Manistee Watch Company

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Manistee Watch Company
Industry Watch manufacturer
Fate Dissolved
Founded 1909 (1909)
Defunct 1912 (1912)
Headquarters Manistee, Michigan
Key people
William Rath; Joseph Bachner
Products Pocket watch mechanisms
Number of employees
90
Parent Star Watch Case Company
Manistee watch
Star Watch Case Company building looked identical to Manistee Watch factory.

Manistee Watch Company was a watch manufacturing company that produced pocket watch mechanisms from 1909 until 1912.

History[edit]

The Manistee Watch Company made low quality watch mechanisms that were put into cases by other companies. The watches were in 16 and 18 size. The company name was emblazoned on the back plate of most 18 size movements. Some 16 size movements were jeweled.[1] The dials, jewels, and hairsprings for the mechanisms were purchased from European watch manufacturers, but all other parts aside from the outside case were produced at the Manistee Watch factory.[2] Most of the jewels for the watches were from heliotrope garnet and manufactured specifically to the correct dimensions for the Manistee watches in Switzerland.[A] The first watches made sold for five dollars each.[3]

Joseph M. Bachner (1853–1929), an inventor born in Alsace, France,[2] designed the movements for low cost production to compete with the other inexpensive watches on the market.[3] He also designed and constructed many of the specialized one-of-a-kind machines needed to make the watch parts.[4] The mechanisms produced by the Manistee Watch Company factory were shipped to Ludington about 30 miles away and put into cases made by the Star Watch Case Company where Bachner previously worked.[4]

Bachner partnered with William Rath in 1905–06 to enter into a contract with Manistee city officials to build a manufacturing plant there. The city put up a portion of a $50,000 bond issue to help construct the brick-built watch factory on park land adjacent to Manistee Lake at 123 Arthur Street. The three-story factory was built in 1908 and started watch production in March 1909. The first watch movements were 18 size and had 7 jewels.[3] Rath was the president of the new company and Bachner was its general manager. Other directors of the factory were F.A. Bingham, Thomas J. Ramsdell, and Patrick Noud. The first floor housed the presses, drills, and lathes that formed the small watch parts and the second floor had the machines used by the employees to assemble the watch mechanisms.[2] The third floor employees carried out assembly line inspections and any final assembly work that was required including adjusting.[2] At the peak of production in 1909 there were 90 employees making 100 mechanisms per day.[5] The factory put out 5 grades of watch movements, being 5 jewels, 7 jewels, 15 jewels, 17 jewels, and 21 jewels.[6]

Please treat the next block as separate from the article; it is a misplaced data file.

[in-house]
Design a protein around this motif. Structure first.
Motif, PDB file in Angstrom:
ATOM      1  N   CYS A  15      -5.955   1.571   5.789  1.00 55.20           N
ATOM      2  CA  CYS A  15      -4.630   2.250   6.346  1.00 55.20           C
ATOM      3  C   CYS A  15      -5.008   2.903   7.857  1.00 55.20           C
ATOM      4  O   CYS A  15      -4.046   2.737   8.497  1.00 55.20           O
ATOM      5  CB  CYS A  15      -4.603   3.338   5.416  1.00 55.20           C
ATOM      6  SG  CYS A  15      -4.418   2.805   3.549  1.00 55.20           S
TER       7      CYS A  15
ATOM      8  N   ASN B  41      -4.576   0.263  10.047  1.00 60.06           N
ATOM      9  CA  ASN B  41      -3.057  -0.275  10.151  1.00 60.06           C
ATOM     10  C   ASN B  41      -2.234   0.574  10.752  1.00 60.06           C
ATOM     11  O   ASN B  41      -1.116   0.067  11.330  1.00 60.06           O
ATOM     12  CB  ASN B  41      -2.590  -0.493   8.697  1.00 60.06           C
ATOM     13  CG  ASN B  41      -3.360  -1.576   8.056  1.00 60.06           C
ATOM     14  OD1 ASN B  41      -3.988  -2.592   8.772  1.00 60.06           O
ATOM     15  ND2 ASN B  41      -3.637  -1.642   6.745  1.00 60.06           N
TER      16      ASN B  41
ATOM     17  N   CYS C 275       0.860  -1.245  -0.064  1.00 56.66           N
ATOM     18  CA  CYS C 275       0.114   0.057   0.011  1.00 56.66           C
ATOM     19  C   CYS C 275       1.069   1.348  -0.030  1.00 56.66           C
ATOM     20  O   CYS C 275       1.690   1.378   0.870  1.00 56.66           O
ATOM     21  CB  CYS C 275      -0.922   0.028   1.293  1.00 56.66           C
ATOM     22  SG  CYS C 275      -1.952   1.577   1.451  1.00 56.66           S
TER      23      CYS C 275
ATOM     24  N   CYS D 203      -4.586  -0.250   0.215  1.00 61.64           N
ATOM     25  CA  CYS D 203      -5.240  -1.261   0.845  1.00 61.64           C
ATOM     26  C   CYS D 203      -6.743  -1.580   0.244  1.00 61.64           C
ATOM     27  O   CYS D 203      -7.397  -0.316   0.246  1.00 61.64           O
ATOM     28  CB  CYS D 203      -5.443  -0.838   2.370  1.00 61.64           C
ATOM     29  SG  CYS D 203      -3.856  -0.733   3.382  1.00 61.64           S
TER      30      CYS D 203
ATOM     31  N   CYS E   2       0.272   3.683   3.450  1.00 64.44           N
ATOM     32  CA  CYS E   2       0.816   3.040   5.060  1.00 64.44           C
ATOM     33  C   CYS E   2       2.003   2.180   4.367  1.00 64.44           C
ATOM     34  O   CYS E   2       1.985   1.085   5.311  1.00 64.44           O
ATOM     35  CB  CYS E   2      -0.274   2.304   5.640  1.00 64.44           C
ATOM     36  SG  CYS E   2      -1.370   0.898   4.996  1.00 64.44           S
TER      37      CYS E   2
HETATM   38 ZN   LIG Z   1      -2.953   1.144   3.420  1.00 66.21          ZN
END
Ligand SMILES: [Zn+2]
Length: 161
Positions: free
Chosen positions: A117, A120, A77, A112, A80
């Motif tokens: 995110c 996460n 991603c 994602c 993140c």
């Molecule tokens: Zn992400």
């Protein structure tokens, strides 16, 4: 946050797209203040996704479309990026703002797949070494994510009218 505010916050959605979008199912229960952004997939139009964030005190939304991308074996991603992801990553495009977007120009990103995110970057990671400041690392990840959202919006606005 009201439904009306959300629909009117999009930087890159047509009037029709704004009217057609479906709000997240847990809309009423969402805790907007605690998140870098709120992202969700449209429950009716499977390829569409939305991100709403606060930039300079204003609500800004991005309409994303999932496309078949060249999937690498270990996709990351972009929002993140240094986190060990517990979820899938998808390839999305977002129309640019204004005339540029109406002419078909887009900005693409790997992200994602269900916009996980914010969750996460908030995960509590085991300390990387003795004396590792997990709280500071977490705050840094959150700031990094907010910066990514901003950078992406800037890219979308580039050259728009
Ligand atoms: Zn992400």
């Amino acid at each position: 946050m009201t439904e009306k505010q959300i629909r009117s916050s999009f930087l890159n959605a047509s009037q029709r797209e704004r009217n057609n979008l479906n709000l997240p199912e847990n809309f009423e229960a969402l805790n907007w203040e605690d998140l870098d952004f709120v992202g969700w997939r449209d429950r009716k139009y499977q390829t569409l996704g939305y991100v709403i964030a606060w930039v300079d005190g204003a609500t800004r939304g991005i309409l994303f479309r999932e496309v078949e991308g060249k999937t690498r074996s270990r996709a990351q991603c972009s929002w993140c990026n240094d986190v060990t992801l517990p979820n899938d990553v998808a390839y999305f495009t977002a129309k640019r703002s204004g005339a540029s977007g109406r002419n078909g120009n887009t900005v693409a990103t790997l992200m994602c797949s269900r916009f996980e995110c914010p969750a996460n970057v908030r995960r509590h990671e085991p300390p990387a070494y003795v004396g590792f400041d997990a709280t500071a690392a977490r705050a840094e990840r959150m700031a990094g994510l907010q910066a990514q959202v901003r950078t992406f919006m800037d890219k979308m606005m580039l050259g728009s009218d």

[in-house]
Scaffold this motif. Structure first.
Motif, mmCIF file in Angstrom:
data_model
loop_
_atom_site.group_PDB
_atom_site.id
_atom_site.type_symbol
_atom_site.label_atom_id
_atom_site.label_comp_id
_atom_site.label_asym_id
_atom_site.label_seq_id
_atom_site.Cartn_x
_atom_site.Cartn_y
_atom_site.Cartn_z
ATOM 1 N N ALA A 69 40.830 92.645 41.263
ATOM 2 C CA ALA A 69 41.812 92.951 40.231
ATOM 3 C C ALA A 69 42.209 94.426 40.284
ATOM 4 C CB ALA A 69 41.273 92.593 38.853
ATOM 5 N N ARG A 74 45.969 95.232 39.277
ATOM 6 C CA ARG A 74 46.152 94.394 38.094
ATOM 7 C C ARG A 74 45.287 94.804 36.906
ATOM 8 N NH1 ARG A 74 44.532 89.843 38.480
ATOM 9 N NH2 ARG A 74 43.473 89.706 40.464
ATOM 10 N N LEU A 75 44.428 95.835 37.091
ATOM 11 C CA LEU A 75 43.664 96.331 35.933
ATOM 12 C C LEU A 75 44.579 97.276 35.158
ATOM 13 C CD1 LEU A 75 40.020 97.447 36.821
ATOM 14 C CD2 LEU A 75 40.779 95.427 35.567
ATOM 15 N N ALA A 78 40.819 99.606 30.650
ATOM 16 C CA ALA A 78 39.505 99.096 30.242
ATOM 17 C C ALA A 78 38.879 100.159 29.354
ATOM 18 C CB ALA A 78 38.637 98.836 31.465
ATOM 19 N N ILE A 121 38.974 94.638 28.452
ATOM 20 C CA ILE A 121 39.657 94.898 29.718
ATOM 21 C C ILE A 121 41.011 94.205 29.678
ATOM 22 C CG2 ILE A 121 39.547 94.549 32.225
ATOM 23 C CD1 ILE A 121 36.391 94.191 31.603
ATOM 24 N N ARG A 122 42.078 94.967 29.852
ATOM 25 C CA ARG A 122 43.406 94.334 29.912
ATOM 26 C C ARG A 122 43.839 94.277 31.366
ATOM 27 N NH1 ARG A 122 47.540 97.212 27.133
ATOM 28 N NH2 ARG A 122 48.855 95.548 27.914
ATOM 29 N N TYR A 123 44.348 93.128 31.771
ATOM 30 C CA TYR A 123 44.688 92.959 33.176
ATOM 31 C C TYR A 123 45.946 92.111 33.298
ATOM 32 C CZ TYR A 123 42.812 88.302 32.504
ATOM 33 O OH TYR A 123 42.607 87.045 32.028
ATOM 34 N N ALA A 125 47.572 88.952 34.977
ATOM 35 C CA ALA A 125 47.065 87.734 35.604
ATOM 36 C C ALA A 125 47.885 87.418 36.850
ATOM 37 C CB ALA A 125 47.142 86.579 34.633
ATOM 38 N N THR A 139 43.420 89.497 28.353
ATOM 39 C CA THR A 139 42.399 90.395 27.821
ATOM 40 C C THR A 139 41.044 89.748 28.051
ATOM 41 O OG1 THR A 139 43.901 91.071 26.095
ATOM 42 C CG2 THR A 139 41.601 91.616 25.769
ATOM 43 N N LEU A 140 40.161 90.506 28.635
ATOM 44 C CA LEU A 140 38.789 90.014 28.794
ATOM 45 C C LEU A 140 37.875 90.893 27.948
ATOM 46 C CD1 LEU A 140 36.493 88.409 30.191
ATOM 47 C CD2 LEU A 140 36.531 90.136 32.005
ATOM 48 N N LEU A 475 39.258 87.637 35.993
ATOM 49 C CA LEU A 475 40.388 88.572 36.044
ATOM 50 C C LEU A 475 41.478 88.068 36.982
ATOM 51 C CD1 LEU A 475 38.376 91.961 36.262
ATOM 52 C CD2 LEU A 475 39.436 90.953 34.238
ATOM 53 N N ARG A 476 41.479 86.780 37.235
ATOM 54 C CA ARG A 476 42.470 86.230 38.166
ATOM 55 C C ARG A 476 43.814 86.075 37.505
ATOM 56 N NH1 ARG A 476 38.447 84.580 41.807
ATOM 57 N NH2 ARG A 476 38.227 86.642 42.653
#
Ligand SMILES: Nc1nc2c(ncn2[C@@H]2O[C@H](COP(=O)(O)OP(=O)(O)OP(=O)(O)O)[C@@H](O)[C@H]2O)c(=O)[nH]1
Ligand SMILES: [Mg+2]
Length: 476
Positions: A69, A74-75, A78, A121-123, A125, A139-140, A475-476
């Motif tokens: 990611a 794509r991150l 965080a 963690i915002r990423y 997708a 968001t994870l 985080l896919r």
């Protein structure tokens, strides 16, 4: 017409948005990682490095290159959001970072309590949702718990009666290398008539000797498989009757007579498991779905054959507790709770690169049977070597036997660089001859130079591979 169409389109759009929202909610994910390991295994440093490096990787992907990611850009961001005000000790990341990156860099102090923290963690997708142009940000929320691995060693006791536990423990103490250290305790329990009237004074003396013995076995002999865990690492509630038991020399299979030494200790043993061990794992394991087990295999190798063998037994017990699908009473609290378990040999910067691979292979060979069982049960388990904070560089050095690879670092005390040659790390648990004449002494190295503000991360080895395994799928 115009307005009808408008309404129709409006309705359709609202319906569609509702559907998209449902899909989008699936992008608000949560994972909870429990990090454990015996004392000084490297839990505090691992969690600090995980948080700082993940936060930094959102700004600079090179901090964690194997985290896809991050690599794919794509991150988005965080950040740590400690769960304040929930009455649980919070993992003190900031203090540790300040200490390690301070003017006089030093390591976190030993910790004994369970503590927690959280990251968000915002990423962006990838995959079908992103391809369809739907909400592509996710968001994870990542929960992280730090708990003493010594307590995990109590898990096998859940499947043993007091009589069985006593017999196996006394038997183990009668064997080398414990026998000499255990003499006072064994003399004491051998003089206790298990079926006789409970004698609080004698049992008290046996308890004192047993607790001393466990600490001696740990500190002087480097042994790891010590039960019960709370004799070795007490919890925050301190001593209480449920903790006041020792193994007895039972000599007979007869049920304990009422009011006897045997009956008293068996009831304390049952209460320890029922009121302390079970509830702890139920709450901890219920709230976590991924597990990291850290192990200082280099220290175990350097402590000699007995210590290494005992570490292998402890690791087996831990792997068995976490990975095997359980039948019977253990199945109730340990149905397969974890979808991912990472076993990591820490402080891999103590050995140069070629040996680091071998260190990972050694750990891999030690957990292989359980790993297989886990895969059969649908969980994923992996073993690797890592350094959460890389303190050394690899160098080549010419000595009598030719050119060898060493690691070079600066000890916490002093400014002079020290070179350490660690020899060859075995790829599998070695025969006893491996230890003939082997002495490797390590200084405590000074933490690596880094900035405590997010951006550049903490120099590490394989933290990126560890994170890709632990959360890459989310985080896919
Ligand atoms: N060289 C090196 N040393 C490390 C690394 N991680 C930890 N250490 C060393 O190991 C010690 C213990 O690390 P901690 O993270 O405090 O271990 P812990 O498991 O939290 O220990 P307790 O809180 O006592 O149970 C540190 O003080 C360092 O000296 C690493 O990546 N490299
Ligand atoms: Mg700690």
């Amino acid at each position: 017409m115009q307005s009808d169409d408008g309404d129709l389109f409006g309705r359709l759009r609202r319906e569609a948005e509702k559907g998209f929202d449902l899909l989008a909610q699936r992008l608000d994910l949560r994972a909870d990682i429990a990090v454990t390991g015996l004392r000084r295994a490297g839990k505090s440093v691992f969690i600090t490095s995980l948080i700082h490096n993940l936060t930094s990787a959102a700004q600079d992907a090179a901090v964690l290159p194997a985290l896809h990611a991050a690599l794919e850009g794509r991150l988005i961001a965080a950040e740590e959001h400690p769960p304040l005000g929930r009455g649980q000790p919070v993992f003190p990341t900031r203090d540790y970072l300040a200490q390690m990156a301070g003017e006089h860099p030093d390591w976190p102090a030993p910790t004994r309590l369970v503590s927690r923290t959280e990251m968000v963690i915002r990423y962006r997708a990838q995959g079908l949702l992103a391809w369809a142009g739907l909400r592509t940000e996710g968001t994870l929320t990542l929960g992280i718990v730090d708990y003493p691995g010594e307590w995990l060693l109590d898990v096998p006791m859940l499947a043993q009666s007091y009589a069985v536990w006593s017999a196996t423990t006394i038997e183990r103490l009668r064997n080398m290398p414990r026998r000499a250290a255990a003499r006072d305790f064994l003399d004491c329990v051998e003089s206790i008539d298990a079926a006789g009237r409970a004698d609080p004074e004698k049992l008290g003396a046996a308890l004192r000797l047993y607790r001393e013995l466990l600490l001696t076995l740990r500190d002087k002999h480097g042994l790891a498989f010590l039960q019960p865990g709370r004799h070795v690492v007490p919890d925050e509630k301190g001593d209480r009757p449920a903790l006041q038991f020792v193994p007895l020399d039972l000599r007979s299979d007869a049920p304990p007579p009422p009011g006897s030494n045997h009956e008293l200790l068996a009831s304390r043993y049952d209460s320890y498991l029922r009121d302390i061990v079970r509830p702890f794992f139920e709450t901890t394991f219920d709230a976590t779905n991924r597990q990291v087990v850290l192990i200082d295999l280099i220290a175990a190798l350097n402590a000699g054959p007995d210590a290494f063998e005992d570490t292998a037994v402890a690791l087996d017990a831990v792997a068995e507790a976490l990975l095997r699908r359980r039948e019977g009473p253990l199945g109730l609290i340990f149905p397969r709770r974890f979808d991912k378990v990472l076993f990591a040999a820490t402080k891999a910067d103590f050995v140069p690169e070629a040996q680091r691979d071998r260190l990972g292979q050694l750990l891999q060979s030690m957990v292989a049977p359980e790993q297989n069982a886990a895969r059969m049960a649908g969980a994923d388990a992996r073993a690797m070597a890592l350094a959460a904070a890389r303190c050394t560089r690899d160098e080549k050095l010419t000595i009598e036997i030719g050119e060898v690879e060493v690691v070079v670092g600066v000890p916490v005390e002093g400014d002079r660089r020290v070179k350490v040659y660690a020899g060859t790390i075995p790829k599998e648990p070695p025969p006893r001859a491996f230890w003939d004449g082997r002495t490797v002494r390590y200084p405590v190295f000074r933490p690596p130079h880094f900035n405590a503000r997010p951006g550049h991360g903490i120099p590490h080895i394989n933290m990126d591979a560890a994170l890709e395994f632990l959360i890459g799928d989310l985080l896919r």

Rath was a business associate of Warren Cartier. Cartier was the secretary of the Star Watch Case Company in nearby Ludington, and because of this relationship the companies worked in partnership.[7] The Manistee Watch Company factory looked identical to the Star Watch Case Company which was built in Ludington in 1906.[8] The factory building was made with no wood except the window frames.[B] It produced its own electricity that ran all the electric motors throughout the plant facilities.[6] The main building was constructed with reinforced concrete[2] of the Kahn System invented and patented by Julius Kahn in 1902.[9] The factory was placed in a location where a dust free environment was given priority.[2]

Disagreements arose between Rath and Bachner as to how the Manistee Watch Company should be run. Rath bought out Bachner's share of the business in a payment contract in 1910.[10] The sales of the watches had slowed and there were insufficient funds for Rath to make his required payments to Bachner.[11] In July 1911 Bachner sued Rath in federal court and the company was forced into bankruptcy and had to close.[12] Additional funds were raised in August to reopen the factory.[13] The company ultimately ceased production and permanently closed in 1912. The Manistee Watch Company had produced 60,000 pocket watches during its three-year existence. Business people from Chicago bought the machinery for $3,800 at an auction on August 6, 1912.[14] The land and the factory building (which were valued at $30,000) were sold for $5,300.[15] The old watch factory became the home of A.D. Joslin Manufacturing Company[C] in 1917.[5]

Legacy[edit]

There are less than fifty pocket watches known to exist in the United States of those produced by the Manistee Watch Company.[19] The Henry Ford Museum has one in their collection that was made around 1910 that is 17 jeweled.[20]

The Manistee watch was the first time a non-magnetic hairspring was made for a pocket watch in the United States.[D] The hairspring was made of an alloy that did not involve a ferrous material that otherwise would be magnetic. The alloy was as strong as and had a life expectancy similar to steel, but contained no steel. The economical alloy was gold in color.[21]